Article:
This page is provided for educational purposes. I do not anticipate having Shimano rods in stock in the future.
The Shimano Honryu Tenkara 44 NP is a honryu (main stream)
tenkara rod, designed for larger streams. Despite its length and its classification as a main stream
rod, this is a finesse rod, not a force rod.
At first wiggle the rod will seem too soft to handle trout of any size. However, Dr. Ishigaki has caught 18-20" trout with the prototype, and one of the first people here in the US to have one of the production models has caught bass to a couple pounds. He said the rod does bend easily, but you get to a point on the power curve where you are in control.
The ten incher above certainly put a deep bend in the rod, but I never felt out of control. I am sure the rod could handle much bigger fish - which would only put an even deeper bend in the rod and even bigger smile on your face.
The Shimano Honryu Tenkara 44 NP is very clearly in the same family as Shimano's Keiryu Tenkara 34-38 ZL. Both share the same basic grip design, which is a camel shaped (two humped) black EVA foam grip with just a couple inches of cork at the front of the grip. The rods share the same classy, understated paint job. They differ in that the 34-38 ZL is a zoom rod and the 44 NP does not zoom.
The 44 NP feels a lot closer to the 34-38 ZL at the longer 38 length than at the 34 length. I measured the 34-38 at 19 pennies at the shorter, 3.4m length and 14 pennies at the 3.8m length.
According to my measurements, the 44 is a 15 penny rod. Tom Davis measured it at 16.5 pennies. I'm not going to say I'm right and he's wrong, and I freely admit that all my rod measurements are closer to back-of-the-envelope than scientific study. Even before measuring it, though, I thought the rod felt softer than the Daiwa LL41SF, which I had measured at 16.5 pennies.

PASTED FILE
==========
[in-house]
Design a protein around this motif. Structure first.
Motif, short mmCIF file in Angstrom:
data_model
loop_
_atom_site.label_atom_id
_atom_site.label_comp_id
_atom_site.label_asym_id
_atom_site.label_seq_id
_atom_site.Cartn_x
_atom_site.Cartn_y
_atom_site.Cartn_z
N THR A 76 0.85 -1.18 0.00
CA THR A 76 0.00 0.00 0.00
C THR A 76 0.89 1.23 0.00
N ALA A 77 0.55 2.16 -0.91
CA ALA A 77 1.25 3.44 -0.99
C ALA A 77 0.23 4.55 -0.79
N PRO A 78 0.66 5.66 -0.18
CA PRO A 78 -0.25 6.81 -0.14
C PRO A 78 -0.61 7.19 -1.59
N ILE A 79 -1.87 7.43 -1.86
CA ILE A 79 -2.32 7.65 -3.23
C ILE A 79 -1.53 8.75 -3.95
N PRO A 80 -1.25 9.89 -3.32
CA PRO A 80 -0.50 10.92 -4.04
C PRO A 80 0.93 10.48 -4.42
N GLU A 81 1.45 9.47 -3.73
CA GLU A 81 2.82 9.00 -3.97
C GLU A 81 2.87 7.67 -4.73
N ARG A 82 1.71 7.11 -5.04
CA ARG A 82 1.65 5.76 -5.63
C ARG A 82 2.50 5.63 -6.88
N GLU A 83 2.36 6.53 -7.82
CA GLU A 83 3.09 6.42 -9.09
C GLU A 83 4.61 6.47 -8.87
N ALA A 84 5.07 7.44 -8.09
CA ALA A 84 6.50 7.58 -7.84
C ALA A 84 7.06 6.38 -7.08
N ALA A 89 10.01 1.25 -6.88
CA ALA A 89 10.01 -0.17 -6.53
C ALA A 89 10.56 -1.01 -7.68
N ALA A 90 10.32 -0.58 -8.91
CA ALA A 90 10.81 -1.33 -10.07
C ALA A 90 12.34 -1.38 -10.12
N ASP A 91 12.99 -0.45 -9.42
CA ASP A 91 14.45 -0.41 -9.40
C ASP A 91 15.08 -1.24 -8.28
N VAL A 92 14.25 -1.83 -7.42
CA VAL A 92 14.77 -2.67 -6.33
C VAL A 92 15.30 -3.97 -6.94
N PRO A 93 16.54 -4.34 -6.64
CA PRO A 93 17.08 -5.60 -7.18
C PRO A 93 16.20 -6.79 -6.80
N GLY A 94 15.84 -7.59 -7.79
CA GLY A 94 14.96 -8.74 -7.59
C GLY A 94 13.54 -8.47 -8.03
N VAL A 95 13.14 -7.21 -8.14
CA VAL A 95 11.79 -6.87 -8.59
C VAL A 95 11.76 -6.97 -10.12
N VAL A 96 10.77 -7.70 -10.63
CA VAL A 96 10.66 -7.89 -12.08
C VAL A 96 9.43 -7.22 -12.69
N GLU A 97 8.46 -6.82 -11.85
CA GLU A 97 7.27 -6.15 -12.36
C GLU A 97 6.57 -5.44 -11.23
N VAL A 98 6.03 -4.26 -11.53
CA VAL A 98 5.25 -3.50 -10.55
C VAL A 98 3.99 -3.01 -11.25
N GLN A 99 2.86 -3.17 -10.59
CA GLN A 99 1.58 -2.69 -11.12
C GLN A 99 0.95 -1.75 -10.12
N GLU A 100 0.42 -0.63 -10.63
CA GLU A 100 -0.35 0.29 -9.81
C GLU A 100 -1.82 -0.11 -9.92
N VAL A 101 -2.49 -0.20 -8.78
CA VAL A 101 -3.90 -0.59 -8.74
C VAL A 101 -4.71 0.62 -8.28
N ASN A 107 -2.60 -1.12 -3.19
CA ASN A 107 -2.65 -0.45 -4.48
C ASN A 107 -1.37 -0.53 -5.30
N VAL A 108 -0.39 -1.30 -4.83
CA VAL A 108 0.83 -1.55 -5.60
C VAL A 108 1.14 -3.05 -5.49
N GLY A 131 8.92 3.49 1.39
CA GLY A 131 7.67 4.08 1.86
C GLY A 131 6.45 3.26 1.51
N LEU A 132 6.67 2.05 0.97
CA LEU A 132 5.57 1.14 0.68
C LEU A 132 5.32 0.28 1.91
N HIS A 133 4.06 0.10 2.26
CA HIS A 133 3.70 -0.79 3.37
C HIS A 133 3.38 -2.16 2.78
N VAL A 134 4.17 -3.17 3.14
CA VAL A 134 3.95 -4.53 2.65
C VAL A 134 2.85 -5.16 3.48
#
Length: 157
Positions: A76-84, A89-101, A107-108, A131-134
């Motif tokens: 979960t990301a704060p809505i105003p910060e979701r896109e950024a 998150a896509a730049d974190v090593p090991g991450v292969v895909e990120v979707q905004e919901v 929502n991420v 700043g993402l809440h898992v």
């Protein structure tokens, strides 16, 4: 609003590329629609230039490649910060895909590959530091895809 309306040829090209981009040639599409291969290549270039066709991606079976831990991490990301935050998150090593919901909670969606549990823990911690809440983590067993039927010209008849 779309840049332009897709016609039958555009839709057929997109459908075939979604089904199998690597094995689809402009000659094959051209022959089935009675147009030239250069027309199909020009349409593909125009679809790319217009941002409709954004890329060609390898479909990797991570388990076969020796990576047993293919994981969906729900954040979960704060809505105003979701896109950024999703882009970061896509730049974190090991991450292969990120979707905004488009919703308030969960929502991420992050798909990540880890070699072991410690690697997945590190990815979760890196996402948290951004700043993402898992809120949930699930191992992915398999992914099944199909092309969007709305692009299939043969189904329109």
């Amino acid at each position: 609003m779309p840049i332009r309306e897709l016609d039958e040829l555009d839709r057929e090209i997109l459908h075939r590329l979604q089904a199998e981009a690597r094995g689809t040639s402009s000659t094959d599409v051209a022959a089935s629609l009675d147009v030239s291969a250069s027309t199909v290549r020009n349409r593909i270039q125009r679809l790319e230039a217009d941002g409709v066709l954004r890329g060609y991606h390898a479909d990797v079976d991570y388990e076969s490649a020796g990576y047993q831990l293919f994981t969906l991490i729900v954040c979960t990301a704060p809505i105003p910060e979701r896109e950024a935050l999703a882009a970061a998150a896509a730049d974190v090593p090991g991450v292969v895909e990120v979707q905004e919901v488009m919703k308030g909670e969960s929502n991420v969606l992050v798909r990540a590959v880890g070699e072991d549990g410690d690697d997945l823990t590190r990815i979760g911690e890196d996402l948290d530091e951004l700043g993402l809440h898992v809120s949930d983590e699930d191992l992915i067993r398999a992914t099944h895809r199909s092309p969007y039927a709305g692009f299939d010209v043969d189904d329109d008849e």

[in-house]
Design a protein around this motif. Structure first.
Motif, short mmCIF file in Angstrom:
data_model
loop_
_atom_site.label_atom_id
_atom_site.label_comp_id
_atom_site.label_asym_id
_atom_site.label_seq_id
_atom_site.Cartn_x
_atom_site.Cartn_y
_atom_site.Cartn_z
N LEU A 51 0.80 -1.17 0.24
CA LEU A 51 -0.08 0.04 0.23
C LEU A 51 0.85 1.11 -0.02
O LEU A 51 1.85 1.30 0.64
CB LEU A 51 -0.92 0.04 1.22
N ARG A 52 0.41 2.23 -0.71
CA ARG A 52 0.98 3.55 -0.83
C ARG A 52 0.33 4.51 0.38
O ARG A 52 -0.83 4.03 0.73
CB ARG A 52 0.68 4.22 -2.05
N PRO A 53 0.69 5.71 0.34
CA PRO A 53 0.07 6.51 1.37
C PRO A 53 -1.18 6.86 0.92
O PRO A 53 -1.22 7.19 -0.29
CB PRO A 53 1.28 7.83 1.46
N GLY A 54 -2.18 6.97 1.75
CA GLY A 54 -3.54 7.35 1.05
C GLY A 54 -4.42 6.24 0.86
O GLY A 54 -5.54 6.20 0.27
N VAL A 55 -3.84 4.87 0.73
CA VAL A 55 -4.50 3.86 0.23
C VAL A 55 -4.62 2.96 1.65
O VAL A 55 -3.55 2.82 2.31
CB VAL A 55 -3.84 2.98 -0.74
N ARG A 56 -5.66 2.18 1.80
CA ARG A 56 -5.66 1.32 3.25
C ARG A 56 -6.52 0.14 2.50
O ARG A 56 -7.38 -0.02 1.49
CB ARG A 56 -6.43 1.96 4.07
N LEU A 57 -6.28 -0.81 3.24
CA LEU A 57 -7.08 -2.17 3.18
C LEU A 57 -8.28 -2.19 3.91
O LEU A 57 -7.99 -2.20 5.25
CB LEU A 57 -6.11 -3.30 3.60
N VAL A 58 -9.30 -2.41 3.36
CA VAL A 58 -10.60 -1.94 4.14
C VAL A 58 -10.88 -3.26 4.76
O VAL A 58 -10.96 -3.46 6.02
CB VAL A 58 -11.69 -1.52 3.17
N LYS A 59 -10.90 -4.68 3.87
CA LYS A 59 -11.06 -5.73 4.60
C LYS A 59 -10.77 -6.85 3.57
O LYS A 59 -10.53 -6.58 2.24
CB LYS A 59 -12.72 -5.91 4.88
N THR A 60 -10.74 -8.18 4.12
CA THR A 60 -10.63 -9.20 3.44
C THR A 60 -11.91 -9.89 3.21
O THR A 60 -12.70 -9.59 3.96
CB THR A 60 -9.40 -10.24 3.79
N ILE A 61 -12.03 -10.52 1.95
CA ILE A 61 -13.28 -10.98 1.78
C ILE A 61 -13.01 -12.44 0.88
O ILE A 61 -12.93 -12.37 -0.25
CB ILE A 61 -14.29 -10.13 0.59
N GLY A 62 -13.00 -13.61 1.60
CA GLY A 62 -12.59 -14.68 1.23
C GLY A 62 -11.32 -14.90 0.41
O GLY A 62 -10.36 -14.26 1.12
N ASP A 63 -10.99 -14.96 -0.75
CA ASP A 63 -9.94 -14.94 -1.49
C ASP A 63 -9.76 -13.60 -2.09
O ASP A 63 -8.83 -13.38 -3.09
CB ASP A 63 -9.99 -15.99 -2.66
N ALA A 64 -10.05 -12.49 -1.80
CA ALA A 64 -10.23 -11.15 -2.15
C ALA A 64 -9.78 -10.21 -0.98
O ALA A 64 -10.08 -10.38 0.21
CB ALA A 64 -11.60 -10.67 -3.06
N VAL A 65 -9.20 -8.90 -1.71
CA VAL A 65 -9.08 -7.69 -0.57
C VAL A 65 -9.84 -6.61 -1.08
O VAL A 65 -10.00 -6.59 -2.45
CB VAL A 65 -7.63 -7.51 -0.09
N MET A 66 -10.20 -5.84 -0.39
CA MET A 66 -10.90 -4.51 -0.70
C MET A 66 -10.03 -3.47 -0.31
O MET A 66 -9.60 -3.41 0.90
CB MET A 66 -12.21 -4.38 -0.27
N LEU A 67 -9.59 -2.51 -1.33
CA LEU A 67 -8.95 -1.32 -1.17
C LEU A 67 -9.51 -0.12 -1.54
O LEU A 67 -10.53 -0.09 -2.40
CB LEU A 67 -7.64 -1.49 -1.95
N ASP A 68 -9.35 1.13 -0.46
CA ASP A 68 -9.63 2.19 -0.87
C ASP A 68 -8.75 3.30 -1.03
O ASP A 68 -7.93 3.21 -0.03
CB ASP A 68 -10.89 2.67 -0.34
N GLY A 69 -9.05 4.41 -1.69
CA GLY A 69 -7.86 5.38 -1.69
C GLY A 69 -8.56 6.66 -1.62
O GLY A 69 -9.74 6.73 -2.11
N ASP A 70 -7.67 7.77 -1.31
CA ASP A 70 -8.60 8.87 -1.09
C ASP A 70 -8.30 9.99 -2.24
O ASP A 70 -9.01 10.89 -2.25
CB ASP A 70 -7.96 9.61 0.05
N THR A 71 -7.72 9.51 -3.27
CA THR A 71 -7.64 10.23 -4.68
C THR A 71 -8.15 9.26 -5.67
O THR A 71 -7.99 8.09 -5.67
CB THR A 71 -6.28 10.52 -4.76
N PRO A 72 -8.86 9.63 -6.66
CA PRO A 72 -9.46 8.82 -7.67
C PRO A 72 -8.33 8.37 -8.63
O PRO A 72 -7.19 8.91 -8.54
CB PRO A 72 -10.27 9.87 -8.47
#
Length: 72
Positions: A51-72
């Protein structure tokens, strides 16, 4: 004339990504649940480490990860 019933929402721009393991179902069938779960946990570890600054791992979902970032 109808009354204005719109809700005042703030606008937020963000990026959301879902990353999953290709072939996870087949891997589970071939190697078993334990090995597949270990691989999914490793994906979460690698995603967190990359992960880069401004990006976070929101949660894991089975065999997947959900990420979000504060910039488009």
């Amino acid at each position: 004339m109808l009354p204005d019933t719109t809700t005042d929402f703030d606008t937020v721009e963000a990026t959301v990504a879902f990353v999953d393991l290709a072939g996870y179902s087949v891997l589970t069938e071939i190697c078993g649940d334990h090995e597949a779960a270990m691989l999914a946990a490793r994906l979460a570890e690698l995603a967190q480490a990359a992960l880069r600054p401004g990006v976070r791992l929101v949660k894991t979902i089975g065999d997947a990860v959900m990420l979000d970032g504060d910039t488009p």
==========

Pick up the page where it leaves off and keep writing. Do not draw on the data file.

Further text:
"Soft" isn't really the right word. "Full Flex" is a better description. They are not the same. The Shimano Honryu Tenkara 44 NP is a full flex rod and a fish of any size will bend it to the cork.
Given the overall length, the long collapsed length and the Honryu classification, it seems natural to compare the rod with the Nissin Air Stage Honryu 450. Casting the Shimano Honryu Tenkara 44 NP is almost unbelievably silky smooth - much more so than the Nissin Air Stage Honryu 450 and the Nissin Zerosum Oni Honryu 450 which are quite a bit firmer overall (and measure 20.5 and 20 pennies, respectively).
I'd have to say comparing the Shimano Honryu Tenkara 44 NP to the Nissin Oni Tenkara Honryu 450 is like comparing apples to oranges. They are just completely different rods. The Shimano is very definitely a full flex rod, while the Oni Honryu is very definitely a tip flex rod. The Shimano grip is relatively thin, especially at the front of the grip, while the Oni Honryu grip will be most comfortable for someone with big hands. I'm not sure any one person would like both rods. They really are that different. The Nissin Air Stage Honryu 450 is in between the two.
I think the one thing that surprised me about the Shimano was that I preferred it with a size 3 line rather than a 2.5. Although the rod "loads" just from it's own inertia, this is a rod with which you very definitely have to slow down your casting stroke and let the rod do the work. I found that a very short casting stroke worked best for me, but this is something you will have to experiment with. I preferred the size 3 line because with a slow stroke you cannot generate much line speed, and I found the size 3 line held its momentum and turned over a bit more easily. If you fish a fly with any weight at all, even a Killer Bug or Killer Bugger, the weight of the wet wool and copper wire underbody should eliminate any turnover problems.
Length (extended) - 14'3"
Length (collapsed) - 40 3/8"
Weight (without tip plug) 2.9 oz
Sections - 5
Tip Diameter - 1.3mm (hollow tip)
Tippet Recommendation 5X
Pennies - 15
The Shimano Honryu Tenkara 44 NP grip is similar to their Keiryu Tenkara 34-38ZL grip, in that there is a short section of cork followed by a shaped EVA foam grip. The foam is very firm to the touch and does make a nice grip. Given the high price of good cork, I am certain we will be seeing more tenkara rod grips made from EVA foam.
The grip screw cap is gold colored aluminum, with a coin slot for removal. Even though there is no knurling, I found the cap can be removed with finger pressure (as long as you didn't tighten it too much with a coin previously).
As with all the Shimano rods I've seen, the fit and finish are
excellent. It really is a very nice rod. Given the full flex action, though, it
is a rod some will love and some will not care for.
Rod made in Indonesia